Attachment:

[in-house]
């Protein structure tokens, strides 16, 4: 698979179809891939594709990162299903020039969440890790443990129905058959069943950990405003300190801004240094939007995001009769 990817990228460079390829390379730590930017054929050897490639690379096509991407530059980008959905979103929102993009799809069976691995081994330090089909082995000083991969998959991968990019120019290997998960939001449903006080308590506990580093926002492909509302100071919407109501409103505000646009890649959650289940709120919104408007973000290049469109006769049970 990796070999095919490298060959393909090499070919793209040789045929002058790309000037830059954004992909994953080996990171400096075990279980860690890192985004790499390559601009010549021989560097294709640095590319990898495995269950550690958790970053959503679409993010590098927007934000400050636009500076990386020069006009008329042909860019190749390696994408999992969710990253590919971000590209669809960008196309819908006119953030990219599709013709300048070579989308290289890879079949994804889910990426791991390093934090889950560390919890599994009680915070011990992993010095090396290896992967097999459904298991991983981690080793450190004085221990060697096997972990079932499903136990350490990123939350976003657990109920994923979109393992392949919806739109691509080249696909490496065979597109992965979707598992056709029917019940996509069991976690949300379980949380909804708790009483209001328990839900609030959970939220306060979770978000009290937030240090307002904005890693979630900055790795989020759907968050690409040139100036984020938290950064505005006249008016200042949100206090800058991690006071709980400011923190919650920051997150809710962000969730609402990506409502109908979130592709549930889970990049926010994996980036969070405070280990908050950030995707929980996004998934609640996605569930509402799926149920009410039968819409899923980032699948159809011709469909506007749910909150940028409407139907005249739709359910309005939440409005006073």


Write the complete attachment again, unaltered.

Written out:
[in-house]
């Protein structure tokens, strides 16, 4: 698979179809891939594709990162299903020039969440890790443990129905058959069943950990405003300190801004240094939007995001009769 990817990228460079390829390379730590930017054929050897490639690379096509991407530059980008959905979103929102993009799809069976691995081994330090089909082995000083991969998959991968990019120019290997998960939001449903006080308590506990580093926002492909509302100071919407109501409103505000646009890649959650289940709120919104408007973000290049469109006769049970 990796070999095919490298060959393909090499070919793209040789045929002058790309000037830059954004992909994953080996990171400096075990279980860690890192985004790499390559601009010549021989560097294709640095590319990898495995269950550690958790970053959503679409993010590098927007934000400050636009500076990386020069006009008329042909860019190749390696994408999992969710990253590919971000590209669809960008196309819908006119953030990219599709013709300048070579989308290289890879079949994804889910990426791991390093934090889950560390919890599994009680915070011990992993010095090396290896992967097999459904298991991983981690080793450190004085221990060697096997972990079932499903136990350490990123939350976003657990109920994923979109393992392949919806739109691509080249696909490496065979597109992965979707598992056709029917019940996509069991976690949300379980949380909804708790009483209001328990839900609030959970939220306060979770978000009290937030240090307002904005890693979630900055790795989020759907968050690409040139100036984020938290950064505005006249008016200042949100206090800058991690006071709980400011923190919650920051997150809710962000969730609402990506409502109908979130592709549930889970990049926010994996980036969070405070280990908050950030995707929980996004998934609640996605569930509402799926149920009410039968819409899923980032699948159809011709469909506007749910909150940028409407139907005249739709359910309005939440409005006073």